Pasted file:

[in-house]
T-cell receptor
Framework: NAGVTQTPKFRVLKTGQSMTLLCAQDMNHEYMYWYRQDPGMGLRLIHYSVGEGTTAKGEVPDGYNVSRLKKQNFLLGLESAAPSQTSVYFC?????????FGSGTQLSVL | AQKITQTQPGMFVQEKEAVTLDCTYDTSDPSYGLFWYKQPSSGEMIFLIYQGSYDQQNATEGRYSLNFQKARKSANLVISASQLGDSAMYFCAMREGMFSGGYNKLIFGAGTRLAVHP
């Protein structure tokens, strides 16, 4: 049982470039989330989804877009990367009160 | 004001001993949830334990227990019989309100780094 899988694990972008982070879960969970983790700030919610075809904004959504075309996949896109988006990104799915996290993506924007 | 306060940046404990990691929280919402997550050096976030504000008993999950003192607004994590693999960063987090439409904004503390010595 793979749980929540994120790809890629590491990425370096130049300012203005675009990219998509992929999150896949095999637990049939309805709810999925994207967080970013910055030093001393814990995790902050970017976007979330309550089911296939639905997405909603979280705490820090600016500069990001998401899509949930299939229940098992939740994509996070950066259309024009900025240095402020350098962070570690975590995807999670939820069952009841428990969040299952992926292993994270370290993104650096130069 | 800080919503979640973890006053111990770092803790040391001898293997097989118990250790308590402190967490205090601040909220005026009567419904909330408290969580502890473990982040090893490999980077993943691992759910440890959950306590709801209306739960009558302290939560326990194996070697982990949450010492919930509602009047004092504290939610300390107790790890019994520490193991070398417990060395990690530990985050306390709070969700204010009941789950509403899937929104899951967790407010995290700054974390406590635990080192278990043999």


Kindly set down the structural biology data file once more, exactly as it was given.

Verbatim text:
[in-house]
T-cell receptor
Framework: NAGVTQTPKFRVLKTGQSMTLLCAQDMNHEYMYWYRQDPGMGLRLIHYSVGEGTTAKGEVPDGYNVSRLKKQNFLLGLESAAPSQTSVYFC?????????FGSGTQLSVL | AQKITQTQPGMFVQEKEAVTLDCTYDTSDPSYGLFWYKQPSSGEMIFLIYQGSYDQQNATEGRYSLNFQKARKSANLVISASQLGDSAMYFCAMREGMFSGGYNKLIFGAGTRLAVHP
């Protein structure tokens, strides 16, 4: 049982470039989330989804877009990367009160 | 004001001993949830334990227990019989309100780094 899988694990972008982070879960969970983790700030919610075809904004959504075309996949896109988006990104799915996290993506924007 | 306060940046404990990691929280919402997550050096976030504000008993999950003192607004994590693999960063987090439409904004503390010595 793979749980929540994120790809890629590491990425370096130049300012203005675009990219998509992929999150896949095999637990049939309805709810999925994207967080970013910055030093001393814990995790902050970017976007979330309550089911296939639905997405909603979280705490820090600016500069990001998401899509949930299939229940098992939740994509996070950066259309024009900025240095402020350098962070570690975590995807999670939820069952009841428990969040299952992926292993994270370290993104650096130069 | 800080919503979640973890006053111990770092803790040391001898293997097989118990250790308590402190967490205090601040909220005026009567419904909330408290969580502890473990982040090893490999980077993943691992759910440890959950306590709801209306739960009558302290939560326990194996070697982990949450010492919930509602009047004092504290939610300390107790790890019994520490193991070398417990060395990690530990985050306390709070969700204010009941789950509403899937929104899951967790407010995290700054974390406590635990080192278990043999």